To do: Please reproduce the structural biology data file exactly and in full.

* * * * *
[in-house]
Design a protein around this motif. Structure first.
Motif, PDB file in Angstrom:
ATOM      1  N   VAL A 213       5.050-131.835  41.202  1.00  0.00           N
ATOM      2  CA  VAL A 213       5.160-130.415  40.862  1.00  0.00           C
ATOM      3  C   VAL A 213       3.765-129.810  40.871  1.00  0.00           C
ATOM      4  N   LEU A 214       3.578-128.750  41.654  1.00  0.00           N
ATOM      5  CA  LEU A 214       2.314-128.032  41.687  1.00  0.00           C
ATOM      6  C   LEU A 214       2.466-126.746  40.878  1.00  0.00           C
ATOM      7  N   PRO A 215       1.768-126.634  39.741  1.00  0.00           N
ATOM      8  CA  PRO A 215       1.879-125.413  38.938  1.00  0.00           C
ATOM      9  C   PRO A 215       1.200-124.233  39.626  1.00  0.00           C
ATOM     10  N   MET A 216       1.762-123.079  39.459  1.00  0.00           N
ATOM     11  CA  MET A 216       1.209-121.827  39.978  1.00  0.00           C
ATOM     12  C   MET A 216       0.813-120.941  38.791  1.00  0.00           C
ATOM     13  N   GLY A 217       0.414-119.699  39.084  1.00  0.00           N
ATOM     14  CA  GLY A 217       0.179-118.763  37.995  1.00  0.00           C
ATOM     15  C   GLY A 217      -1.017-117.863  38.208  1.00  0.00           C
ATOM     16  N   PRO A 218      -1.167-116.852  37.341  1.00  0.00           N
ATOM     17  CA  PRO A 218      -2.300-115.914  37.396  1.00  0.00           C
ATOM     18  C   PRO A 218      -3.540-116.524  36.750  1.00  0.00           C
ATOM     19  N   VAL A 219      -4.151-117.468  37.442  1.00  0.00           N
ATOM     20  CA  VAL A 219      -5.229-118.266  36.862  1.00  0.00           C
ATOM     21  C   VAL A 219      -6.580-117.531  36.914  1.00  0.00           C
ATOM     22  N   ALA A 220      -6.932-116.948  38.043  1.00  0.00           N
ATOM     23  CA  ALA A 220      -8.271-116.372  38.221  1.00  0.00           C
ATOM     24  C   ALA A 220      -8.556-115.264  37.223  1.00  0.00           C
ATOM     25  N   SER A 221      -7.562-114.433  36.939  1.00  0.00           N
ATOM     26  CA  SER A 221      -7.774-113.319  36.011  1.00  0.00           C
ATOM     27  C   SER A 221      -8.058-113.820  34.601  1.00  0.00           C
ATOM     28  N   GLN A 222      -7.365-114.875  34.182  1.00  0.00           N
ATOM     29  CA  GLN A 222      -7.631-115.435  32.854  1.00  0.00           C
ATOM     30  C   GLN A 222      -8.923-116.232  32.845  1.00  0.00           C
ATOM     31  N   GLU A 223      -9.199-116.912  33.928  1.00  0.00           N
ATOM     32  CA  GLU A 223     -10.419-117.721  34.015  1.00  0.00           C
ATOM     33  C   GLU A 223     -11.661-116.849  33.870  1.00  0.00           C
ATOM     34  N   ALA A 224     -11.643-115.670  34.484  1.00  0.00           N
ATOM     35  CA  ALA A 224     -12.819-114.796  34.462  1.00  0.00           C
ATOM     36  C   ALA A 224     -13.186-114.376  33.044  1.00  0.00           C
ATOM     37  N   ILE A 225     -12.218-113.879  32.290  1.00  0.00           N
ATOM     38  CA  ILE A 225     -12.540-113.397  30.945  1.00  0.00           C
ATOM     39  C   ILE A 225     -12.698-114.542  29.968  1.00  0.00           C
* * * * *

[in-house]
Design a protein around this motif. Structure first.
Motif, PDB file in Angstrom:
ATOM      1  N   VAL A 213       5.050-131.835  41.202  1.00  0.00           N
ATOM      2  CA  VAL A 213       5.160-130.415  40.862  1.00  0.00           C
ATOM      3  C   VAL A 213       3.765-129.810  40.871  1.00  0.00           C
ATOM      4  N   LEU A 214       3.578-128.750  41.654  1.00  0.00           N
ATOM      5  CA  LEU A 214       2.314-128.032  41.687  1.00  0.00           C
ATOM      6  C   LEU A 214       2.466-126.746  40.878  1.00  0.00           C
ATOM      7  N   PRO A 215       1.768-126.634  39.741  1.00  0.00           N
ATOM      8  CA  PRO A 215       1.879-125.413  38.938  1.00  0.00           C
ATOM      9  C   PRO A 215       1.200-124.233  39.626  1.00  0.00           C
ATOM     10  N   MET A 216       1.762-123.079  39.459  1.00  0.00           N
ATOM     11  CA  MET A 216       1.209-121.827  39.978  1.00  0.00           C
ATOM     12  C   MET A 216       0.813-120.941  38.791  1.00  0.00           C
ATOM     13  N   GLY A 217       0.414-119.699  39.084  1.00  0.00           N
ATOM     14  CA  GLY A 217       0.179-118.763  37.995  1.00  0.00           C
ATOM     15  C   GLY A 217      -1.017-117.863  38.208  1.00  0.00           C
ATOM     16  N   PRO A 218      -1.167-116.852  37.341  1.00  0.00           N
ATOM     17  CA  PRO A 218      -2.300-115.914  37.396  1.00  0.00           C
ATOM     18  C   PRO A 218      -3.540-116.524  36.750  1.00  0.00           C
ATOM     19  N   VAL A 219      -4.151-117.468  37.442  1.00  0.00           N
ATOM     20  CA  VAL A 219      -5.229-118.266  36.862  1.00  0.00           C
ATOM     21  C   VAL A 219      -6.580-117.531  36.914  1.00  0.00           C
ATOM     22  N   ALA A 220      -6.932-116.948  38.043  1.00  0.00           N
ATOM     23  CA  ALA A 220      -8.271-116.372  38.221  1.00  0.00           C
ATOM     24  C   ALA A 220      -8.556-115.264  37.223  1.00  0.00           C
ATOM     25  N   SER A 221      -7.562-114.433  36.939  1.00  0.00           N
ATOM     26  CA  SER A 221      -7.774-113.319  36.011  1.00  0.00           C
ATOM     27  C   SER A 221      -8.058-113.820  34.601  1.00  0.00           C
ATOM     28  N   GLN A 222      -7.365-114.875  34.182  1.00  0.00           N
ATOM     29  CA  GLN A 222      -7.631-115.435  32.854  1.00  0.00           C
ATOM     30  C   GLN A 222      -8.923-116.232  32.845  1.00  0.00           C
ATOM     31  N   GLU A 223      -9.199-116.912  33.928  1.00  0.00           N
ATOM     32  CA  GLU A 223     -10.419-117.721  34.015  1.00  0.00           C
ATOM     33  C   GLU A 223     -11.661-116.849  33.870  1.00  0.00           C
ATOM     34  N   ALA A 224     -11.643-115.670  34.484  1.00  0.00           N
ATOM     35  CA  ALA A 224     -12.819-114.796  34.462  1.00  0.00           C
ATOM     36  C   ALA A 224     -13.186-114.376  33.044  1.00  0.00           C
ATOM     37  N   ILE A 225     -12.218-113.879  32.290  1.00  0.00           N
ATOM     38  CA  ILE A 225     -12.540-113.397  30.945  1.00  0.00           C
ATOM     39  C   ILE A 225     -12.698-114.542  29.968  1.00  0.00           C